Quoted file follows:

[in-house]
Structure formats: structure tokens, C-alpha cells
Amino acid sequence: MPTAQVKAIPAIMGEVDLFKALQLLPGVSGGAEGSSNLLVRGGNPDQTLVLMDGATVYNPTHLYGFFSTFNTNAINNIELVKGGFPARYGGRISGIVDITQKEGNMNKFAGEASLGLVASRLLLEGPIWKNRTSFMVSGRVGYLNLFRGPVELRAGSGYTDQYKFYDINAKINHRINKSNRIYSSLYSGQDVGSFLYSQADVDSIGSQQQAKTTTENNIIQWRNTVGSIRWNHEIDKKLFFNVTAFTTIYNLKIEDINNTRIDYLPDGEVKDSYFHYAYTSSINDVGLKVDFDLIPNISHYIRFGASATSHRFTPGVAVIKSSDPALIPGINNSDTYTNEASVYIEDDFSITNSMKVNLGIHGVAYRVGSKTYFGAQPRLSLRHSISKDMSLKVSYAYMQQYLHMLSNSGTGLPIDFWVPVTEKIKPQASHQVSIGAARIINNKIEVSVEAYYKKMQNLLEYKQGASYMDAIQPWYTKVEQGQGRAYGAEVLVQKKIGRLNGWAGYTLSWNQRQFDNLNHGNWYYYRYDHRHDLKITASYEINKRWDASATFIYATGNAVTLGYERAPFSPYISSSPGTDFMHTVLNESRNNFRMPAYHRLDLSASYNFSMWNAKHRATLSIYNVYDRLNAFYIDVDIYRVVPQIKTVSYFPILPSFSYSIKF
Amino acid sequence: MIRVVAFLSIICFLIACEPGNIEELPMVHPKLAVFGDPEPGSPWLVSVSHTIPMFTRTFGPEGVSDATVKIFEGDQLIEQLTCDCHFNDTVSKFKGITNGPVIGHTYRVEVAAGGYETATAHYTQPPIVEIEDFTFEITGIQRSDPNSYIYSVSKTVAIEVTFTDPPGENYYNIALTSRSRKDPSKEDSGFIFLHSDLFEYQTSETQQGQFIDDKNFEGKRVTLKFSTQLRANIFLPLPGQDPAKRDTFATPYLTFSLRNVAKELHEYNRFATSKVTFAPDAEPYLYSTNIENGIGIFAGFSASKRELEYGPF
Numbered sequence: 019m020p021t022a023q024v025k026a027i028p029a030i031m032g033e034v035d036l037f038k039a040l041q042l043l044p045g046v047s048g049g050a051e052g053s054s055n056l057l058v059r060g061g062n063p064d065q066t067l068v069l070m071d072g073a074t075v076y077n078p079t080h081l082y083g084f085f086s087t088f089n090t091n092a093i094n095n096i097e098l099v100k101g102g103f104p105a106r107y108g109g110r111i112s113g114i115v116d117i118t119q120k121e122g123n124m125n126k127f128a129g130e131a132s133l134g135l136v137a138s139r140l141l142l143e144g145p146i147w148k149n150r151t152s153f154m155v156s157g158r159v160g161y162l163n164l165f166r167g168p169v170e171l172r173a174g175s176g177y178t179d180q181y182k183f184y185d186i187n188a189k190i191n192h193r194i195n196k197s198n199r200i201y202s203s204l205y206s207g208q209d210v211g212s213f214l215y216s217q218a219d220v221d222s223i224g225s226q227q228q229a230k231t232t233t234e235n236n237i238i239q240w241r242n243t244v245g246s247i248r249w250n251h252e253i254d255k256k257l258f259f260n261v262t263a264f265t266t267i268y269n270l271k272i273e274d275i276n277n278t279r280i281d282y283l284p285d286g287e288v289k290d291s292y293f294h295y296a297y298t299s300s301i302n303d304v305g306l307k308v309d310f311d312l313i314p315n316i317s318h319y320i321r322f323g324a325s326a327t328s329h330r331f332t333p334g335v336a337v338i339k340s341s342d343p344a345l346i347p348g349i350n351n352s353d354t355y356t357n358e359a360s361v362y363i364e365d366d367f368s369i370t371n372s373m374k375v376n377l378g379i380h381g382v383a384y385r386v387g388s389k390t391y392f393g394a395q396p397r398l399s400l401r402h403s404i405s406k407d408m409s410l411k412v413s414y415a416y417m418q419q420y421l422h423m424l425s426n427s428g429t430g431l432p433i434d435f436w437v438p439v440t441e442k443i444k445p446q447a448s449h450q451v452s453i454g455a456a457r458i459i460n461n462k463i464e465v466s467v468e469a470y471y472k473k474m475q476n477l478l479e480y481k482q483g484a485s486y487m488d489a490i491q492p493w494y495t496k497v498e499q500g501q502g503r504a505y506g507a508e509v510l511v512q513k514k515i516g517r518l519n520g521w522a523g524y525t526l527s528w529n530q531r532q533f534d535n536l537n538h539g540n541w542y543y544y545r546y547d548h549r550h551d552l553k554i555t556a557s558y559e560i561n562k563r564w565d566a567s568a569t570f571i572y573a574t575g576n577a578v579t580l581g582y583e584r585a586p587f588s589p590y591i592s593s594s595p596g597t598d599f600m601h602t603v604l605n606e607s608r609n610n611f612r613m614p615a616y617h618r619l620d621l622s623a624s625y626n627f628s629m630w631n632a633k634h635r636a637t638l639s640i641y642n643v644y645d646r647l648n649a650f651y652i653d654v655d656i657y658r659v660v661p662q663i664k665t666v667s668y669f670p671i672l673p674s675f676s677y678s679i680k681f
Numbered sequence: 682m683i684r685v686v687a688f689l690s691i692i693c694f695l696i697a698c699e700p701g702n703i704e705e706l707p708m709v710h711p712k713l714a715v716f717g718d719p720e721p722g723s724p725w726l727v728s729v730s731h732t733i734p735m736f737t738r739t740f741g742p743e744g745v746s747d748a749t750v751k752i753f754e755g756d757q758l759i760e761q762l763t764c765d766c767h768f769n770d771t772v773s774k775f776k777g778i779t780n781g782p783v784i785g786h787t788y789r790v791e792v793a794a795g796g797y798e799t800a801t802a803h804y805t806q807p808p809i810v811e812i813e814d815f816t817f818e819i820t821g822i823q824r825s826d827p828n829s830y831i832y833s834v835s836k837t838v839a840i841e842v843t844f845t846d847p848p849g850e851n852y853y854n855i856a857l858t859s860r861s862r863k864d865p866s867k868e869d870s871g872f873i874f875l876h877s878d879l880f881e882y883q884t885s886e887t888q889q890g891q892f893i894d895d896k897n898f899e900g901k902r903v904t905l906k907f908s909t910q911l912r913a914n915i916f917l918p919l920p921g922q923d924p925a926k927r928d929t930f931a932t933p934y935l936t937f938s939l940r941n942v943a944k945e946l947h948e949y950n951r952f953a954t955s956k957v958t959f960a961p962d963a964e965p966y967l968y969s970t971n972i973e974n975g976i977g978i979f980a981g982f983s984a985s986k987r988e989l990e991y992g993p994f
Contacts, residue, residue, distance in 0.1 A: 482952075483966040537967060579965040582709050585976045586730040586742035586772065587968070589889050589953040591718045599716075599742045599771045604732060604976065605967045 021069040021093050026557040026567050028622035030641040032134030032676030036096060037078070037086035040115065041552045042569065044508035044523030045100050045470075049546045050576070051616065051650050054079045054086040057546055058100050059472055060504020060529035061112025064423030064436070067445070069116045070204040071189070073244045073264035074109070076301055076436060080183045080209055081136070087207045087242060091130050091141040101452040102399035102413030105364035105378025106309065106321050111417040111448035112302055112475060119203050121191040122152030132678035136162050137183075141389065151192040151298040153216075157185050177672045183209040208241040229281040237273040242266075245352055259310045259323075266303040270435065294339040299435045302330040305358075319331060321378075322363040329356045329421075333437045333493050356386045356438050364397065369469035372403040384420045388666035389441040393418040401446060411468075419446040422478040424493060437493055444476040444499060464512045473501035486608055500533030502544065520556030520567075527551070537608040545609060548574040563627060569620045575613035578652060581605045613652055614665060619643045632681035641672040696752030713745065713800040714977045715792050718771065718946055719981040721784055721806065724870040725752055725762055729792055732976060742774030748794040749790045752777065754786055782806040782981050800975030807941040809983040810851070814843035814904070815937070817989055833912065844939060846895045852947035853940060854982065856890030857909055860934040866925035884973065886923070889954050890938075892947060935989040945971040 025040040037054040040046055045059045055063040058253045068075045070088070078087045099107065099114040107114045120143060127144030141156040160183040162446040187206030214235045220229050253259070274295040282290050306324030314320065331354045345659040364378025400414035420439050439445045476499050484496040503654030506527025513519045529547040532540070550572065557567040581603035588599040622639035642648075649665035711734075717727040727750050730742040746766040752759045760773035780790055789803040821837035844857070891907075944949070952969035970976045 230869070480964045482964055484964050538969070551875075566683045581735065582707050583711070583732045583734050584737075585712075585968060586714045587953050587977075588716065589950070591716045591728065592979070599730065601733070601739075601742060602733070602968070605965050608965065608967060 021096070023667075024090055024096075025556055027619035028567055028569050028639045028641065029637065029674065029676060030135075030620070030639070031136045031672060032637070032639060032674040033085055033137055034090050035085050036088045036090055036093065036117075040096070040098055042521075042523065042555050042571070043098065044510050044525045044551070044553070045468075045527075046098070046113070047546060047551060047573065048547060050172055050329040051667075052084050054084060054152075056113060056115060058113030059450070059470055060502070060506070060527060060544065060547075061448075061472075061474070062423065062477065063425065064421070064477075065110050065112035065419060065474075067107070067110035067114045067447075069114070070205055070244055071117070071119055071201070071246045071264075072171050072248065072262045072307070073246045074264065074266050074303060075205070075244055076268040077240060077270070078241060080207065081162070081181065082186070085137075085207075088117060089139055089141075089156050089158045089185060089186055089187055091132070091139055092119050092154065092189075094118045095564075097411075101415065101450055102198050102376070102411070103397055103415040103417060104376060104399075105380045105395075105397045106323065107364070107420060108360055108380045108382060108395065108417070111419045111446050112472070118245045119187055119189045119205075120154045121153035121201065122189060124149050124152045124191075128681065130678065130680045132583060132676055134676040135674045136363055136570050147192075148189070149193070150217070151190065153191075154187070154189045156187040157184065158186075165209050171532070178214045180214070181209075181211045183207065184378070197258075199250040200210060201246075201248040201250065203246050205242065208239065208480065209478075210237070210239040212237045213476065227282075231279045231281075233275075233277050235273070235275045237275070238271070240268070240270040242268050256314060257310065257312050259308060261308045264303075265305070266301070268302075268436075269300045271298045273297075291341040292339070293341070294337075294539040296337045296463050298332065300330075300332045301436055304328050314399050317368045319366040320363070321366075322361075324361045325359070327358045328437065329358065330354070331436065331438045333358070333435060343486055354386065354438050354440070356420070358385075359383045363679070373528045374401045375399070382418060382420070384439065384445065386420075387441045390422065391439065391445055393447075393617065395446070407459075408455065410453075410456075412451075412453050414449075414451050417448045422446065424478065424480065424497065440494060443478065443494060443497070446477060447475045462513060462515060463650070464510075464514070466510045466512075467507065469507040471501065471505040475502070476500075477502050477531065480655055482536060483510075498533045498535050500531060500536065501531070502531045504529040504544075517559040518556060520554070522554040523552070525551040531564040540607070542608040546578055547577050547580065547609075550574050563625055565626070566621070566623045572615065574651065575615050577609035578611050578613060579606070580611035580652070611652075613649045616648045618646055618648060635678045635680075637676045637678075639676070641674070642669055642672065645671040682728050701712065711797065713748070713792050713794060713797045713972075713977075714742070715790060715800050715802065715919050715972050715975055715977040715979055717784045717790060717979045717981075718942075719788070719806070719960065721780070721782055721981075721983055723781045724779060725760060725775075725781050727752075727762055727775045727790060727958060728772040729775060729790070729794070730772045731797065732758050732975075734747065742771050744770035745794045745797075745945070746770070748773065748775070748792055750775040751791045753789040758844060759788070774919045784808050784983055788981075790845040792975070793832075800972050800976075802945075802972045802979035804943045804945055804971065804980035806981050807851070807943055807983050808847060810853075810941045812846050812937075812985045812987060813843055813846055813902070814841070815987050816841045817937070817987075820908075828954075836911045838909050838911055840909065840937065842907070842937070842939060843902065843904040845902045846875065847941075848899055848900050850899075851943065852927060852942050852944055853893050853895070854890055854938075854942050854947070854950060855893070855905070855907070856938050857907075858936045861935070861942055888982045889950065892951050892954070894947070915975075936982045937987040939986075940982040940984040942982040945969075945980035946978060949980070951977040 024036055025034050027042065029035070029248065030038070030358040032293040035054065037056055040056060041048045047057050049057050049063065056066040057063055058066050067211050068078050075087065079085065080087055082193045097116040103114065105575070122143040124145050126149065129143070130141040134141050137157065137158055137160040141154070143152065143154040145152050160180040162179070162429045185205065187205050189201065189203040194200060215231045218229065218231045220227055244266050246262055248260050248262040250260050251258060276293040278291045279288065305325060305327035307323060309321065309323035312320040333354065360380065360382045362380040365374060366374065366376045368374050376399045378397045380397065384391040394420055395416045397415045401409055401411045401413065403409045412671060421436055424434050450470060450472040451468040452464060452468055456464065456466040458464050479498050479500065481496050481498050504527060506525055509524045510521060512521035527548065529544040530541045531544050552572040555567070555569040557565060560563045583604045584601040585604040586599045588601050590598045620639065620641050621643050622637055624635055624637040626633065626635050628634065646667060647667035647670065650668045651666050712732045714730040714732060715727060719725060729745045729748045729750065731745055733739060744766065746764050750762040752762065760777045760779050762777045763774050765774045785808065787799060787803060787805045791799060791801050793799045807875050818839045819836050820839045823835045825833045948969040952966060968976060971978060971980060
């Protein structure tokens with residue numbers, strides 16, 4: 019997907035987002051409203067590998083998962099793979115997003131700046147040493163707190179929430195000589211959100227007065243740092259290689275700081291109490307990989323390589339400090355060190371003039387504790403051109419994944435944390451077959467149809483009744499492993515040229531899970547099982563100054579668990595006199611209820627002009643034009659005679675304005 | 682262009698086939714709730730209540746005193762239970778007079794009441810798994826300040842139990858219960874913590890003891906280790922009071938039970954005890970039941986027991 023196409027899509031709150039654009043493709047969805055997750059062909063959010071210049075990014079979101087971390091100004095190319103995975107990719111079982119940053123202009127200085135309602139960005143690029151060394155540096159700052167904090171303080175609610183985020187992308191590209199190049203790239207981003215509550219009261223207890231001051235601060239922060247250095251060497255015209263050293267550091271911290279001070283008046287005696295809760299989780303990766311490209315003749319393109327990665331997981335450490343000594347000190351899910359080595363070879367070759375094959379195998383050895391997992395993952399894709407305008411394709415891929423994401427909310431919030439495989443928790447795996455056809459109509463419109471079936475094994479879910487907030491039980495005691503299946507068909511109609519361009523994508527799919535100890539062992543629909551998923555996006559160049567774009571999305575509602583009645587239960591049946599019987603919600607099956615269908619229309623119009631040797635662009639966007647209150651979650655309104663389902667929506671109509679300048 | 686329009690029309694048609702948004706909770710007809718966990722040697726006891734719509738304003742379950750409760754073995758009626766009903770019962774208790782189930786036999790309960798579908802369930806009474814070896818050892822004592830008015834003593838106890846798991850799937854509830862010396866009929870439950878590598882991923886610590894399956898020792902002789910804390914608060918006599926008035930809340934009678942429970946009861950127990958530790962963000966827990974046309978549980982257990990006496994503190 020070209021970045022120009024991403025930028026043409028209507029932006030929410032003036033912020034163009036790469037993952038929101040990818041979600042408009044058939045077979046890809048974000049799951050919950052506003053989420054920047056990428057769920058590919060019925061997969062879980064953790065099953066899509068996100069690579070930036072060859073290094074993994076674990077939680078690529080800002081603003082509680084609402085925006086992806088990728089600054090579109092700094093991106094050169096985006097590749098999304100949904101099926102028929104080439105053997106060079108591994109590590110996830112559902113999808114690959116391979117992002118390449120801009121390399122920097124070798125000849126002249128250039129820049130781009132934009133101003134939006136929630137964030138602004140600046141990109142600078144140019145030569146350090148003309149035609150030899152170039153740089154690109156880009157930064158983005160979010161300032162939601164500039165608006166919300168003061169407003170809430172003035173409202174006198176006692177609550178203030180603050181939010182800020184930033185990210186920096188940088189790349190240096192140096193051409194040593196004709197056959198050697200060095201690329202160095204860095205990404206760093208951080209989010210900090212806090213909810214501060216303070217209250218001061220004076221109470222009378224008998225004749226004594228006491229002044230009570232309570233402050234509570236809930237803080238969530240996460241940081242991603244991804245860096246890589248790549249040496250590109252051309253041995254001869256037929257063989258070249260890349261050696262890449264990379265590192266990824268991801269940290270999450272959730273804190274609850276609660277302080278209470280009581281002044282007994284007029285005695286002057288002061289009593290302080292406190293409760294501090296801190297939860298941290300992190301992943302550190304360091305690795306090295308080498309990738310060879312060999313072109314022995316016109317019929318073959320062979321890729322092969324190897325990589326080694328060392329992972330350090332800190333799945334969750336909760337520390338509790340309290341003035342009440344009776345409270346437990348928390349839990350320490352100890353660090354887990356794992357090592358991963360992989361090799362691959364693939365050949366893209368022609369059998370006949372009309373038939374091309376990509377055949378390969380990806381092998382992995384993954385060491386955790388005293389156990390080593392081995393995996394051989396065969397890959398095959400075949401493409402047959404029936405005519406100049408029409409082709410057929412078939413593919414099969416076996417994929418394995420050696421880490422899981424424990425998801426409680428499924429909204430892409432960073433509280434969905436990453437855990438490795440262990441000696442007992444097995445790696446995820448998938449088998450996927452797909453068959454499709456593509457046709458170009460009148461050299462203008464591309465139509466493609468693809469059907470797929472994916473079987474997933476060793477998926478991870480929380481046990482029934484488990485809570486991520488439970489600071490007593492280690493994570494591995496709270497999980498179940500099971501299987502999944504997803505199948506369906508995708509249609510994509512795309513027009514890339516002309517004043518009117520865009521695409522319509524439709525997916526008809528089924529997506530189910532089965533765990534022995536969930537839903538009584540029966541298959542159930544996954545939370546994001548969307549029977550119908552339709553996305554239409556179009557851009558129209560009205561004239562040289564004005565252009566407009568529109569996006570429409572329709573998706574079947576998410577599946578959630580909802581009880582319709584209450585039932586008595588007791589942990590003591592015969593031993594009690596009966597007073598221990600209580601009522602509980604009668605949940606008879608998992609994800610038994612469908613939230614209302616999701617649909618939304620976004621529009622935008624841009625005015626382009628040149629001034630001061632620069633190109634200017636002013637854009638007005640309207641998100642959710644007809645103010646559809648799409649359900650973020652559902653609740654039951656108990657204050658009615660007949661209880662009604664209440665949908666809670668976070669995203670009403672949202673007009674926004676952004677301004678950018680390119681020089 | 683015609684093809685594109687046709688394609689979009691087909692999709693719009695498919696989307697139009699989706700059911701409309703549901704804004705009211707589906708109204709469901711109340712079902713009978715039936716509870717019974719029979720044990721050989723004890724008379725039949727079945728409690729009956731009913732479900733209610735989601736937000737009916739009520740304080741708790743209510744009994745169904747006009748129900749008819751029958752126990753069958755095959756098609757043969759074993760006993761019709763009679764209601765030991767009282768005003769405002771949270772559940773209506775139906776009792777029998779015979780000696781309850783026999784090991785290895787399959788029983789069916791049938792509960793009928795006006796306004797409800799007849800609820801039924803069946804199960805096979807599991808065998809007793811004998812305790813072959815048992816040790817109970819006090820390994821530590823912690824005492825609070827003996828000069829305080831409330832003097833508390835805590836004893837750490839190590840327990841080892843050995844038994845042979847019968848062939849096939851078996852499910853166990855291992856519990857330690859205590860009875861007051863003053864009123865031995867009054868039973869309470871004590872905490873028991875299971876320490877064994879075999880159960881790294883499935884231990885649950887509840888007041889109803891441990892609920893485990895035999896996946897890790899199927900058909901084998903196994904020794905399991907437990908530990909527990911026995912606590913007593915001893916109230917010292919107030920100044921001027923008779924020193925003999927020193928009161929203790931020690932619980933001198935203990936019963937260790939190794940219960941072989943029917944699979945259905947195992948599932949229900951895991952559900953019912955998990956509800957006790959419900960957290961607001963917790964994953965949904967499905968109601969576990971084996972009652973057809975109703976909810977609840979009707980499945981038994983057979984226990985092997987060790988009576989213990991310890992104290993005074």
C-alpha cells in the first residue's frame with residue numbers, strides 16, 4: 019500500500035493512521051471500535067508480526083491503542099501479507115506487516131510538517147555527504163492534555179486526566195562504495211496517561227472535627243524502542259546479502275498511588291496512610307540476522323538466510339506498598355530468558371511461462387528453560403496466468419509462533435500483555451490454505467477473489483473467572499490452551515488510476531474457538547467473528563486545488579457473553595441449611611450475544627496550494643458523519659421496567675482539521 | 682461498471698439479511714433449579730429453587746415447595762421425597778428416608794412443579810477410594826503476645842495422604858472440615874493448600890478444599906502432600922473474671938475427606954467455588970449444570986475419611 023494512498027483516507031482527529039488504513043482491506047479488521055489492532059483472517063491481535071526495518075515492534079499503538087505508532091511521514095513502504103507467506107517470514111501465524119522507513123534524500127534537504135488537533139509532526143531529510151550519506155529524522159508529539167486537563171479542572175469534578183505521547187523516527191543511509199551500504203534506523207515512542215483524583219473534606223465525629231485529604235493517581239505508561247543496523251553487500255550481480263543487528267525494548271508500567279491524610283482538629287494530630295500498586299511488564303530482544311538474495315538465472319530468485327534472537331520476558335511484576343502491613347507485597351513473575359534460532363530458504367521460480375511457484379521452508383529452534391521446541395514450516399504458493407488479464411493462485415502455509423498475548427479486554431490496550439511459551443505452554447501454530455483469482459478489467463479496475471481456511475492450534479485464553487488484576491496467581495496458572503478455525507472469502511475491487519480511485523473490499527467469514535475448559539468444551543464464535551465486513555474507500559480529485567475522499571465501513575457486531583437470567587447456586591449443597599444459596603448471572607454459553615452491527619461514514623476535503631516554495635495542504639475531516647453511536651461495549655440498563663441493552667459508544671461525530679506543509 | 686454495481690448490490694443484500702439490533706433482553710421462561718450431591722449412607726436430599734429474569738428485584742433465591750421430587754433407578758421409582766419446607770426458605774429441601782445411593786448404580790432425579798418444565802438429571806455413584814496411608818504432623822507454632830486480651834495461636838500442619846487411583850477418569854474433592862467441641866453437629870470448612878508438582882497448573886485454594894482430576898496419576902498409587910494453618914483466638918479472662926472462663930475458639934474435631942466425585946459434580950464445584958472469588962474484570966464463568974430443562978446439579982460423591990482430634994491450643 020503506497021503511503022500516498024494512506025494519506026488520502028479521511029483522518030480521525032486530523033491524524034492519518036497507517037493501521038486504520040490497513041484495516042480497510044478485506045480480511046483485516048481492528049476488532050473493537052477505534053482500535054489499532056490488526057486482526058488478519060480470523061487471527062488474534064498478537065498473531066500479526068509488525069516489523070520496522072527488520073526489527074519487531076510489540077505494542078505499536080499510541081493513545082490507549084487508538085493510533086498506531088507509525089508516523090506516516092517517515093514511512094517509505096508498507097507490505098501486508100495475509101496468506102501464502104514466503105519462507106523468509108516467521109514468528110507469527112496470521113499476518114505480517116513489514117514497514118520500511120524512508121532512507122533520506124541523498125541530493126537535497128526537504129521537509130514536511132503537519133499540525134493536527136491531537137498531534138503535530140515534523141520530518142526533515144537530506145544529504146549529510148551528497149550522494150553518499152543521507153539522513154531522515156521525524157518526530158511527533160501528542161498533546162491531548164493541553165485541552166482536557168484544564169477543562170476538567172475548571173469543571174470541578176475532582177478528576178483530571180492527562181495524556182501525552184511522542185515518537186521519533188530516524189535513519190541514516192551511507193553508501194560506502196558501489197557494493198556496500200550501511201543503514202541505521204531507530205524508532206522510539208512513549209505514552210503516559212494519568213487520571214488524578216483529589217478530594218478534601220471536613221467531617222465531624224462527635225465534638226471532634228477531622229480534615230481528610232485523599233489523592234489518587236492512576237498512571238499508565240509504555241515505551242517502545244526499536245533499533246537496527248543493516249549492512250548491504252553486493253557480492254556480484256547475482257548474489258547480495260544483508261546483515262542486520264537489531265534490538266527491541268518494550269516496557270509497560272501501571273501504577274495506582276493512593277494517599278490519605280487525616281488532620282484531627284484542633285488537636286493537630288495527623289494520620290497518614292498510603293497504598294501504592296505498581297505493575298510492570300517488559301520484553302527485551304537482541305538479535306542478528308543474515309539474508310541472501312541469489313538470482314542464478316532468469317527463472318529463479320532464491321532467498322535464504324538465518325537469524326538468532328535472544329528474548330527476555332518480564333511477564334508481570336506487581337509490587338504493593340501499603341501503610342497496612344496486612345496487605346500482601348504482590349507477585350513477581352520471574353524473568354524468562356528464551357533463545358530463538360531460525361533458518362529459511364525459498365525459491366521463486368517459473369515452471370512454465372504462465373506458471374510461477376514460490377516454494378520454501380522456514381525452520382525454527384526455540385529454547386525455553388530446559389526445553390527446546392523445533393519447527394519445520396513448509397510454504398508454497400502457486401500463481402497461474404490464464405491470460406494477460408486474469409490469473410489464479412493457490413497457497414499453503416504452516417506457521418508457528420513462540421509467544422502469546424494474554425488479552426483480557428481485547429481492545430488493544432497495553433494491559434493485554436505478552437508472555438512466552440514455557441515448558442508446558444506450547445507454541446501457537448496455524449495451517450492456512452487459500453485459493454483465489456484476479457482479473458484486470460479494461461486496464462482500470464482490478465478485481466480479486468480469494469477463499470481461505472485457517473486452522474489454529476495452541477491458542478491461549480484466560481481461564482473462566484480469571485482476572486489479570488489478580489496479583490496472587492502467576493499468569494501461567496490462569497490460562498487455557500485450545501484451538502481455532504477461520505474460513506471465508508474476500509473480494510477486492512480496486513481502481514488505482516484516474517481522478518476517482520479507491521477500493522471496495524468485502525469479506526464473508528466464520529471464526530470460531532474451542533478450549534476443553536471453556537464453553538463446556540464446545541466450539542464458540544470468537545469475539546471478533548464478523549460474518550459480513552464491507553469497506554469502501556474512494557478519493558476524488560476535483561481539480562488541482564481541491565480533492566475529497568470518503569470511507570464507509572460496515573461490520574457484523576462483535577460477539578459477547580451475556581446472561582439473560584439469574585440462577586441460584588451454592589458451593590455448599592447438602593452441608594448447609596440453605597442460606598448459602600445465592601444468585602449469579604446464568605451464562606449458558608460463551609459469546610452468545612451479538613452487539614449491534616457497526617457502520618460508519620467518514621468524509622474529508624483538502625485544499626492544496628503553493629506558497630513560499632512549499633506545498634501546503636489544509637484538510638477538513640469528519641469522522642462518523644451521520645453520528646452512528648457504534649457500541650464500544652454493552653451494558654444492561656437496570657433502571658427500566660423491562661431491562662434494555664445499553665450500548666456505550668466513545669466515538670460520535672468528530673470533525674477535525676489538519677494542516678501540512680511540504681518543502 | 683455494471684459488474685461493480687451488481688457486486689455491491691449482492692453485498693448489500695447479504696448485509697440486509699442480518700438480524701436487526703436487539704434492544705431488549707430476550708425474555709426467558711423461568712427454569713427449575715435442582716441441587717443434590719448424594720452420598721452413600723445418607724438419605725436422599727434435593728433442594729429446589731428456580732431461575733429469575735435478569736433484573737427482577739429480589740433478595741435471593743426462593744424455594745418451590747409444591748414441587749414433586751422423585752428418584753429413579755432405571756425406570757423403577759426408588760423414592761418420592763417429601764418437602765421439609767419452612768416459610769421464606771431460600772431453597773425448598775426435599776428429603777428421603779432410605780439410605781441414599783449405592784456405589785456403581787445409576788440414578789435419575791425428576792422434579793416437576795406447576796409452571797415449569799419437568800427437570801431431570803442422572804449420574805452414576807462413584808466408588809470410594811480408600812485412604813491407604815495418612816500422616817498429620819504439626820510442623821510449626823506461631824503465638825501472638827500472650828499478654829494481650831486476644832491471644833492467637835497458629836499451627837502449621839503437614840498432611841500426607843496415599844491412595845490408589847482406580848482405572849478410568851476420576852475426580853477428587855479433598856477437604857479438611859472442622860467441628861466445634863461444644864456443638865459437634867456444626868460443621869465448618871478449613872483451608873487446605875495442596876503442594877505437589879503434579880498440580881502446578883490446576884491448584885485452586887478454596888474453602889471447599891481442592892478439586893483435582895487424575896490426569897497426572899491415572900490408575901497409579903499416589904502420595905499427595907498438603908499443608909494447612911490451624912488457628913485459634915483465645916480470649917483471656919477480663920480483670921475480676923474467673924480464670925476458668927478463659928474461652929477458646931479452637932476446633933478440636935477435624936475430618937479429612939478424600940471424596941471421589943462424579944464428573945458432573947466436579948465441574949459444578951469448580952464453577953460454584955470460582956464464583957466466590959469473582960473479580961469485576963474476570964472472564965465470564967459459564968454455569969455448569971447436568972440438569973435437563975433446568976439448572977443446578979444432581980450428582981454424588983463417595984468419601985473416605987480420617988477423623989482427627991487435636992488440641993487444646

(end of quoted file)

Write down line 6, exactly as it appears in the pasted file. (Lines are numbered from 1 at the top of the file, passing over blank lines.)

Numbered sequence: 682m683i684r685v686v687a688f689l690s691i692i693c694f695l696i697a698c699e700p701g702n703i704e705e706l707p708m709v710h711p712k713l714a715v716f717g718d719p720e721p722g723s724p725w726l727v728s729v730s731h732t733i734p735m736f737t738r739t740f741g742p743e744g745v746s747d748a749t750v751k752i753f754e755g756d757q758l759i760e761q762l763t764c765d766c767h768f769n770d771t772v773s774k775f776k777g778i779t780n781g782p783v784i785g786h787t788y789r790v791e792v793a794a795g796g797y798e799t800a801t802a803h804y805t806q807p808p809i810v811e812i813e814d815f816t817f818e819i820t821g822i823q824r825s826d827p828n829s830y831i832y833s834v835s836k837t838v839a840i841e842v843t844f845t846d847p848p849g850e851n852y853y854n855i856a857l858t859s860r861s862r863k864d865p866s867k868e869d870s871g872f873i874f875l876h877s878d879l880f881e882y883q884t885s886e887t888q889q890g891q892f893i894d895d896k897n898f899e900g901k902r903v904t905l906k907f908s909t910q911l912r913a914n915i916f917l918p919l920p921g922q923d924p925a926k927r928d929t930f931a932t933p934y935l936t937f938s939l940r941n942v943a944k945e946l947h948e949y950n951r952f953a954t955s956k957v958t959f960a961p962d963a964e965p966y967l968y969s970t971n972i973e974n975g976i977g978i979f980a981g982f983s984a985s986k987r988e989l990e991y992g993p994f